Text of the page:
This is the fourth of what was supposed to be a three post-series about how media influence our thinking. The first post, uses the invention of writing and print to unpack the meaning of McLuhan’s statement, “The medium is the message.” The second post, focuses on a story by Ted Chiang that takes these academic ideas about the psychological and social implications of the advent of a new technology and frames them within two human narratives and in that process goes deeper into than any academic article ever could. The third post builds on a piece written by Neil Postman over 30 years ago and shows how the questions and issues it raises are still relevant for us today. Two additional posts followed: Four and five.
The award novelist Mohsin Hamid was a guest on the Ezra Klein show to discuss his latest book “The Last White Man.” The conversation is worth listening to in full since it covers a lot of ground around race, identity, algorithmic thinking and lots more. In this blog post I just wanted to draw attention to one part of the conversation, where they discuss the impact of current and new technologies on us as individuals and as a society.
I particular I liked the idea of that today’s social media culture described as “machine based sorting + prediction culture” and the implications of that. I am reminded of what Yuval Harari once described his experience of coming out as gay when he was 21 and wondering what it would have been like if he had grown up in today’s social media environment. He argues that Facebook or YouTube algorithms would have “known” of his sexual orientation before he would have. As he said, “there is something incredibly, like, deflating for the ego, that this is the source of this wisdom about myself, an algorithm that followed my movements?” He goes on to suggest that a consequence of algorithms knowing “us” better than we know ourselves is that our brains can be hacked. For instance if Coca-Cola knew he was gay (even before he knew it) it could target ads to him and influence his behavior, without his ever being cognizant of it.
I am including below some key quotes from the conversation Ezra Klein had with Mohsin Hamid. It seems to me that the ideas in the quote below flow well from my previous three posts about unpacking McLuhan (I, II, III).
Some key quotes:
Mohsin Hamid: … in our current technological, cultural moment, what’s happening is that, as we merge with our screens — and we spend an enormous amount of time staring into our screens and doing things with them — we’re encountering a sort of a machine culture that is, by its very nature, sort of sorting-based. A huge amount of our cultural activity now is sorting things. Do I like this or not like this, do I follow this person or not follow this person, does this person like me or not like me? And if I identify a meaningful aspect of their identity, which is not like me, the person is fundamentally, in some way, opposed to me and in conflict with me. And what we have to do, for a lot of people, is to separate from or, even worse, extinguish the people who are not like us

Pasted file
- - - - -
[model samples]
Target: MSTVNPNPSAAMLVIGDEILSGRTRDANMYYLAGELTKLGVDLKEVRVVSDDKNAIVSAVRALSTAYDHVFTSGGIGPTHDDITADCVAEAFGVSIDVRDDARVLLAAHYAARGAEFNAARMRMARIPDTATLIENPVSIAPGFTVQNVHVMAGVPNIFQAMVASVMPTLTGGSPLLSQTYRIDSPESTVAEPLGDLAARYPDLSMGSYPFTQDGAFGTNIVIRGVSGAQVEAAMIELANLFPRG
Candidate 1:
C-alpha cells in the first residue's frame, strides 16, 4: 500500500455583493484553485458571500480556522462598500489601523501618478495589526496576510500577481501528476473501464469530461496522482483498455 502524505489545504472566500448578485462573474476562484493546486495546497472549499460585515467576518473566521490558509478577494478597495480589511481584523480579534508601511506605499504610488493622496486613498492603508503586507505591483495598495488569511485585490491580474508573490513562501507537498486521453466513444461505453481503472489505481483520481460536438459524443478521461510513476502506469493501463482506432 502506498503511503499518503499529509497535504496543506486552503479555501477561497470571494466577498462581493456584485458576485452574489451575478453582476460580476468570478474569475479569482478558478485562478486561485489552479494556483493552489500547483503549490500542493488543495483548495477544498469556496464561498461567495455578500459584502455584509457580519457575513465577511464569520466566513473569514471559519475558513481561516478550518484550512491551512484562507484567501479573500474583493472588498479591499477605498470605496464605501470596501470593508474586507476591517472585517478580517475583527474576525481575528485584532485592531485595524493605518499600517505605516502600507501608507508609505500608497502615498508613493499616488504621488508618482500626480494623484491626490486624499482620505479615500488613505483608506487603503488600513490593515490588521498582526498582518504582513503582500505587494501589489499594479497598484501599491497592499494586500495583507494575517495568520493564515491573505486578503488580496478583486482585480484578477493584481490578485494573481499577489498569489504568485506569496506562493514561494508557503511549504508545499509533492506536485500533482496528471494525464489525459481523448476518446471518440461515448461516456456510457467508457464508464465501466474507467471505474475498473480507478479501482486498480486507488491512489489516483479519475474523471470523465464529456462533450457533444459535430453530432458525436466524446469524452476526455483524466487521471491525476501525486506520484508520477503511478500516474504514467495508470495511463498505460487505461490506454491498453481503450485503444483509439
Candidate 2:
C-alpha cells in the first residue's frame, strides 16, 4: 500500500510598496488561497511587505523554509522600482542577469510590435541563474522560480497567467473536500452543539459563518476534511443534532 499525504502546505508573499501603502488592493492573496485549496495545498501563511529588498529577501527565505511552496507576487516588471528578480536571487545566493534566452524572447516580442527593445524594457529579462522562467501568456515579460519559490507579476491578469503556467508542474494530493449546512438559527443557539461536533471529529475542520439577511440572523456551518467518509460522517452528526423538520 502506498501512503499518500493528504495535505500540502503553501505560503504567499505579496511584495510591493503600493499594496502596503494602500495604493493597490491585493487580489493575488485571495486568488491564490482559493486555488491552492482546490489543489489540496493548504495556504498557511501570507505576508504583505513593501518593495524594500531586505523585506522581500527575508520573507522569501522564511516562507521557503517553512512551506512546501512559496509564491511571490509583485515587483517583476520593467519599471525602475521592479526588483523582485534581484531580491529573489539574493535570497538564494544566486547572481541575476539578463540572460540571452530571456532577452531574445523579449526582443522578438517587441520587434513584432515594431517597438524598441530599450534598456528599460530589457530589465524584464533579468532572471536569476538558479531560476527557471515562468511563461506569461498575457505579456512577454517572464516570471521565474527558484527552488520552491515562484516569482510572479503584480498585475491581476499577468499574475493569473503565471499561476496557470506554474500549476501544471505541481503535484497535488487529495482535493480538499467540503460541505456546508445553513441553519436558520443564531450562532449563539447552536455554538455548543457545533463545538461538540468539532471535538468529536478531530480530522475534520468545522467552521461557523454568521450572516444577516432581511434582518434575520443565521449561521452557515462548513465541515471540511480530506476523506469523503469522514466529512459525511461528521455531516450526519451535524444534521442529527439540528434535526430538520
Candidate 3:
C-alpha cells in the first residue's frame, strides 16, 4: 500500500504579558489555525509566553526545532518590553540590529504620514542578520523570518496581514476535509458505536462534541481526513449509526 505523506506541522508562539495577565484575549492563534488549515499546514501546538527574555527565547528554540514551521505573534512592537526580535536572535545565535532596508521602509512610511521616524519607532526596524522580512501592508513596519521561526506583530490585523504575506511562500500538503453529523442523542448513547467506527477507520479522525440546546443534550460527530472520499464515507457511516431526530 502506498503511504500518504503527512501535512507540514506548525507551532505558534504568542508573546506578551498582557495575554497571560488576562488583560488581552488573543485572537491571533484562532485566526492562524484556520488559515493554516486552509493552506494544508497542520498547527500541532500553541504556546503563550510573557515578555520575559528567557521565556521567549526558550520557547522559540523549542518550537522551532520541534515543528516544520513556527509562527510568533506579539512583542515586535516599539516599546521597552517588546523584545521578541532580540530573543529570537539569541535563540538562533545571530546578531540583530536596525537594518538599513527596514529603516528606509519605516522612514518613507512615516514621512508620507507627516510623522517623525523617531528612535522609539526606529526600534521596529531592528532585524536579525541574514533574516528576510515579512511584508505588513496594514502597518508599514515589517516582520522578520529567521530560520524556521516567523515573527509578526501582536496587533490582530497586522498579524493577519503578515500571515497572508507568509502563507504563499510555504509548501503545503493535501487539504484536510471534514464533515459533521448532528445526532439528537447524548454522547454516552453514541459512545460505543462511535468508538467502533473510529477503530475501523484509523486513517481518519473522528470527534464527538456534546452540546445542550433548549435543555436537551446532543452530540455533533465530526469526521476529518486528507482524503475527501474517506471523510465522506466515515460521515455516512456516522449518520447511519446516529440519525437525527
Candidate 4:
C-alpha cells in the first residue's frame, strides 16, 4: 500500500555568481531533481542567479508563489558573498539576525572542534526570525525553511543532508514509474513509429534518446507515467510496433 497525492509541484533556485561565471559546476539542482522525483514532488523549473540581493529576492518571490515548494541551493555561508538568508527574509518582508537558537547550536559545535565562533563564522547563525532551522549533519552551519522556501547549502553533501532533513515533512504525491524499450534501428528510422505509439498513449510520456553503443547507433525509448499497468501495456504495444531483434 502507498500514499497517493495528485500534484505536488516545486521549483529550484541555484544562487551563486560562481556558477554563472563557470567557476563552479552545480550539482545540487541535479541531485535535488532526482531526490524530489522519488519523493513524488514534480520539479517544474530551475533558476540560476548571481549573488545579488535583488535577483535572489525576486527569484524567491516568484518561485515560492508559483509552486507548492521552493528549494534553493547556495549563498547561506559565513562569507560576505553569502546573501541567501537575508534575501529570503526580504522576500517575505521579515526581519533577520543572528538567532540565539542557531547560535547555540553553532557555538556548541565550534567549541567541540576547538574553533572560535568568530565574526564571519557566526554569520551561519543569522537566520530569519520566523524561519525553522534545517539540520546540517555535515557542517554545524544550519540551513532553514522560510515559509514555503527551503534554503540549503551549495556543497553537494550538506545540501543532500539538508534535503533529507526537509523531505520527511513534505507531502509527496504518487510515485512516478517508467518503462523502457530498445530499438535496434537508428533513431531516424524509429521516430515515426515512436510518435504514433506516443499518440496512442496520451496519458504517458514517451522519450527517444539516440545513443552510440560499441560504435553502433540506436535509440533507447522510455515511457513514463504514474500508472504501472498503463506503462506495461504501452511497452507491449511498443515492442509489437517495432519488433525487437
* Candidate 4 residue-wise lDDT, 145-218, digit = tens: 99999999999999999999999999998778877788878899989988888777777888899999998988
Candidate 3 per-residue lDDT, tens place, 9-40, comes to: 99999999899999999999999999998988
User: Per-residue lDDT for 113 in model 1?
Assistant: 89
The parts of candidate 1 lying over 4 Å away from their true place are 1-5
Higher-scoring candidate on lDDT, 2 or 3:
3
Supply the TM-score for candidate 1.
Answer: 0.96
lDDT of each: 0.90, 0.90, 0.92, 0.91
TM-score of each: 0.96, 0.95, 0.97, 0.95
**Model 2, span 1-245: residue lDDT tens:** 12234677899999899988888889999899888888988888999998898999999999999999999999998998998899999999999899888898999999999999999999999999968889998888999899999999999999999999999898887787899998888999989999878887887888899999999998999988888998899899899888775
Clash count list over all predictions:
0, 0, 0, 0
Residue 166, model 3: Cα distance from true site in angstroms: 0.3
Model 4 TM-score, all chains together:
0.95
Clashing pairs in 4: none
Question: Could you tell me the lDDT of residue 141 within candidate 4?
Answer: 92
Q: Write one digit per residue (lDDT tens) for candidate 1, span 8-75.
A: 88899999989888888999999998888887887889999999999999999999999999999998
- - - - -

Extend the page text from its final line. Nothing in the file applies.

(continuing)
Ezra Klein: … I think you’re heavily talking here about social media technologies, about identity technologies online, about the way we spend our time and have things given to us now digitally — round one was sorting and round two has been prediction, both in terms of all the algorithms predicting what we’ll like, and in that way shaping what we end up liking, but also in the sense of the political campaigns that unleashed their algorithms on huge amounts of consumer data to figure out who we’re going to vote for, the advertising campaigns that are sorting us into this kind of consumer, that kind of consumer. And there’s an interesting way in which the lived economic reality of endless prediction conflicts with what we tell children and sometimes tell ourselves, which is that we’re all individuals, we’re all special, you can’t judge people by their group or their appearance because you’ll get it wrong.
MOHSIN HAMID: I think that’s right. And I think that, for me, one thing which is very interesting is, when we talk about going from sorting to prediction — which I think is correct, that is something that’s happening — we tend to imagine that predicting is an observational activity. In other words, that technology is allowing us to see where we might go as individuals and to predict. But I think that prediction is actually much more perniciously a behavior modification activity. In other words, making us into more predictable beings.
And that, I think, is by far the greater danger. In other words, if we want to be able to predict people, partly we need to build a model of what they do, but partly we would want them to be predictable. They should be inclined towards doing certain things. And so if you take somebody with the sorting mechanism, if you give them information that plays upon humans’ innate sense of prioritizing the information about threats — economic threats, racial threats, we prioritize that information — what begins to happen is it’s not just that the way we were going to behave remains unchanged. The way we are going to behave also changes. And it changes in predictable ways.
So it isn’t simply the case that machines are better able to understand humans. It is also the case that machines are making human beings more like machines, that we are trying to rewrite our programming in such a way that we can be predicted. And for me, that’s the more frightening aspect of the shift from sorting to prediction.